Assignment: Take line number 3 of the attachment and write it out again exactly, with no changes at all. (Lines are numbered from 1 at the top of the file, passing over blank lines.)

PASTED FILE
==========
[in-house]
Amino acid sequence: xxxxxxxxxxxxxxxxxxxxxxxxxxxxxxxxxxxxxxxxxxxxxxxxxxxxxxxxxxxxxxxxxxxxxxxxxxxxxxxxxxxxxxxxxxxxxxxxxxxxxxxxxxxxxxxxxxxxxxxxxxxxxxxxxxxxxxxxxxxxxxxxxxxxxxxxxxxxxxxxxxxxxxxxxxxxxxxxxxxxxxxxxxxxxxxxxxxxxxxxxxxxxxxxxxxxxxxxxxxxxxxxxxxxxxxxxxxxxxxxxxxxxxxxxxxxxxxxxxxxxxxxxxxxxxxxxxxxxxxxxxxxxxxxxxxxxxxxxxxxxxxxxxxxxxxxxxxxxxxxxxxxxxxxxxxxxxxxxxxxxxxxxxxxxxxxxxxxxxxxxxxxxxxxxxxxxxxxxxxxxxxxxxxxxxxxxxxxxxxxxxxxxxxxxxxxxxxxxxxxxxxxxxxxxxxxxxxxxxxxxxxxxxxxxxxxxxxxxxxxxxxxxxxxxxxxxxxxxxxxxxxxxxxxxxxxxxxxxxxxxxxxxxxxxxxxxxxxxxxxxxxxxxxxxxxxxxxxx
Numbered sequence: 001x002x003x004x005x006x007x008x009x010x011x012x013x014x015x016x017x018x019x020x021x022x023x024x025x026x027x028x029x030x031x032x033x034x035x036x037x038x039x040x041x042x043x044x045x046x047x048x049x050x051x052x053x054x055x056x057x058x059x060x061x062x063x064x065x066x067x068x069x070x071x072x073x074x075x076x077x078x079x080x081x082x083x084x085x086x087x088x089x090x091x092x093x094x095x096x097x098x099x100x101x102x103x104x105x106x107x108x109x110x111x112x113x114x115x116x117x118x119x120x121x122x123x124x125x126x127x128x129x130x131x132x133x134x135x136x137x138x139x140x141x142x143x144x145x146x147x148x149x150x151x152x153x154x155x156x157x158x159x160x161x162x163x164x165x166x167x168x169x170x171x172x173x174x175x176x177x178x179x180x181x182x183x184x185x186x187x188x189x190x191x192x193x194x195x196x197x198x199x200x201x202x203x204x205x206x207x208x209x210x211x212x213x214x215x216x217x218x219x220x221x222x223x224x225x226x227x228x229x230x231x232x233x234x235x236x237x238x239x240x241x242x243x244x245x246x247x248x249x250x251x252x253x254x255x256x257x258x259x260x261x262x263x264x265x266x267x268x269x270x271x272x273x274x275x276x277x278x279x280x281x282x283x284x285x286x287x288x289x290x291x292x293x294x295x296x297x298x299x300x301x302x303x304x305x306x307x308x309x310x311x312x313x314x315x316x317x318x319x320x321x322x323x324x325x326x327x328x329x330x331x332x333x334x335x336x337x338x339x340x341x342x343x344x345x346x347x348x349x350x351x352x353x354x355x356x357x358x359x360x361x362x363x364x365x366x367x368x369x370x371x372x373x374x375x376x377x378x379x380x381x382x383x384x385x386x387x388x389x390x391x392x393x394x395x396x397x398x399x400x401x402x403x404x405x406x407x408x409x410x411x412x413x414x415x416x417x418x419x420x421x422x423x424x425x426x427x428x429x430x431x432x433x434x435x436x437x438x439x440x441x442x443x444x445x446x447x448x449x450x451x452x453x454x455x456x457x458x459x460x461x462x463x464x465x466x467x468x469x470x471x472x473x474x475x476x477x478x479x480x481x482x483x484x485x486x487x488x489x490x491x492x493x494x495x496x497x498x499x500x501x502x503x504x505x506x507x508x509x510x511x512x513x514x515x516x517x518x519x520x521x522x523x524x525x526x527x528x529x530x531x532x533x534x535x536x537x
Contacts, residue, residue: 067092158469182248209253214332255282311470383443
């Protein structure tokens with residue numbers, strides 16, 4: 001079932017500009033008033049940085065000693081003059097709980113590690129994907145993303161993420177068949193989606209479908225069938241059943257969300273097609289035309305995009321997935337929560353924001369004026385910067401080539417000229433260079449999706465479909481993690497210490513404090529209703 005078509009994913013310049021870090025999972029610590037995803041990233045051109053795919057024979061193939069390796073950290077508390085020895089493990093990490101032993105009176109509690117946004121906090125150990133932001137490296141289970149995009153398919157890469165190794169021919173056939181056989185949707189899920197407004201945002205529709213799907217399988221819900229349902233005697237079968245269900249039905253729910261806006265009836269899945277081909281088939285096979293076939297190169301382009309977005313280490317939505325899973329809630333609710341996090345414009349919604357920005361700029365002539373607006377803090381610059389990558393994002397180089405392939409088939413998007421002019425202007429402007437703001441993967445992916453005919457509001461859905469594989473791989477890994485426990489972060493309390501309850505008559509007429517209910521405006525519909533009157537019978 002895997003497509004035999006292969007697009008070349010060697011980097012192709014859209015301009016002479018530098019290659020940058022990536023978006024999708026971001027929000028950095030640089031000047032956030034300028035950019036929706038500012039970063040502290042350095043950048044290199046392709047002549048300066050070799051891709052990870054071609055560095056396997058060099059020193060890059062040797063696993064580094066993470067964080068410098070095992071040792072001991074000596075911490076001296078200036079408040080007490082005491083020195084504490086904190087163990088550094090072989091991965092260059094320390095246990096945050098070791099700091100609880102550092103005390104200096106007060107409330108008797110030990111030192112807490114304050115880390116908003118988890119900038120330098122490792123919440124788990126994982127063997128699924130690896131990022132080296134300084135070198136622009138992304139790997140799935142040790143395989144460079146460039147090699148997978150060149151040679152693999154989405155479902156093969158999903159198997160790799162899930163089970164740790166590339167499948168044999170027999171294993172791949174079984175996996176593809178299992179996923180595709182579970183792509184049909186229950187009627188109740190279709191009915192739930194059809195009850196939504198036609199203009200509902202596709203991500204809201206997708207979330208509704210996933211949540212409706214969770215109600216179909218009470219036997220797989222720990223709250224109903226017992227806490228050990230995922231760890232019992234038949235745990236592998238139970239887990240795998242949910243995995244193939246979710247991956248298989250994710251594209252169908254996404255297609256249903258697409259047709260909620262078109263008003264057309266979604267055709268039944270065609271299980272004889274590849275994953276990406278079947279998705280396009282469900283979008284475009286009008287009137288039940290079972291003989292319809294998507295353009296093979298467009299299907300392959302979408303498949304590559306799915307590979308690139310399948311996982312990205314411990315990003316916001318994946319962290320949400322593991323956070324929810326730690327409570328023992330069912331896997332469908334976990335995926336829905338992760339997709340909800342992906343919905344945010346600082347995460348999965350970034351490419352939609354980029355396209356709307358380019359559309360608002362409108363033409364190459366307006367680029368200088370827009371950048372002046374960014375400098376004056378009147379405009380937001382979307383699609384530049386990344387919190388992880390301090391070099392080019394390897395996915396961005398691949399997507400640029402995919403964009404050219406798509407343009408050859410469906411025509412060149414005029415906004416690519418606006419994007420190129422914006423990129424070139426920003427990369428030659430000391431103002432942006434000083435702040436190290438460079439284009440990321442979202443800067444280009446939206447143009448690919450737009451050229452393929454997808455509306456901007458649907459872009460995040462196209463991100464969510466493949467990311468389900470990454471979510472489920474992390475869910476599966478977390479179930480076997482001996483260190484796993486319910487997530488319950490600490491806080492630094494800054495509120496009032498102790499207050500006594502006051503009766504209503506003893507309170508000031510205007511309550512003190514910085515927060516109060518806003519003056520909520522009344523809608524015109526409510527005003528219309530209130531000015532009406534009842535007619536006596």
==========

Numbered sequence: 001x002x003x004x005x006x007x008x009x010x011x012x013x014x015x016x017x018x019x020x021x022x023x024x025x026x027x028x029x030x031x032x033x034x035x036x037x038x039x040x041x042x043x044x045x046x047x048x049x050x051x052x053x054x055x056x057x058x059x060x061x062x063x064x065x066x067x068x069x070x071x072x073x074x075x076x077x078x079x080x081x082x083x084x085x086x087x088x089x090x091x092x093x094x095x096x097x098x099x100x101x102x103x104x105x106x107x108x109x110x111x112x113x114x115x116x117x118x119x120x121x122x123x124x125x126x127x128x129x130x131x132x133x134x135x136x137x138x139x140x141x142x143x144x145x146x147x148x149x150x151x152x153x154x155x156x157x158x159x160x161x162x163x164x165x166x167x168x169x170x171x172x173x174x175x176x177x178x179x180x181x182x183x184x185x186x187x188x189x190x191x192x193x194x195x196x197x198x199x200x201x202x203x204x205x206x207x208x209x210x211x212x213x214x215x216x217x218x219x220x221x222x223x224x225x226x227x228x229x230x231x232x233x234x235x236x237x238x239x240x241x242x243x244x245x246x247x248x249x250x251x252x253x254x255x256x257x258x259x260x261x262x263x264x265x266x267x268x269x270x271x272x273x274x275x276x277x278x279x280x281x282x283x284x285x286x287x288x289x290x291x292x293x294x295x296x297x298x299x300x301x302x303x304x305x306x307x308x309x310x311x312x313x314x315x316x317x318x319x320x321x322x323x324x325x326x327x328x329x330x331x332x333x334x335x336x337x338x339x340x341x342x343x344x345x346x347x348x349x350x351x352x353x354x355x356x357x358x359x360x361x362x363x364x365x366x367x368x369x370x371x372x373x374x375x376x377x378x379x380x381x382x383x384x385x386x387x388x389x390x391x392x393x394x395x396x397x398x399x400x401x402x403x404x405x406x407x408x409x410x411x412x413x414x415x416x417x418x419x420x421x422x423x424x425x426x427x428x429x430x431x432x433x434x435x436x437x438x439x440x441x442x443x444x445x446x447x448x449x450x451x452x453x454x455x456x457x458x459x460x461x462x463x464x465x466x467x468x469x470x471x472x473x474x475x476x477x478x479x480x481x482x483x484x485x486x487x488x489x490x491x492x493x494x495x496x497x498x499x500x501x502x503x504x505x506x507x508x509x510x511x512x513x514x515x516x517x518x519x520x521x522x523x524x525x526x527x528x529x530x531x532x533x534x535x536x537x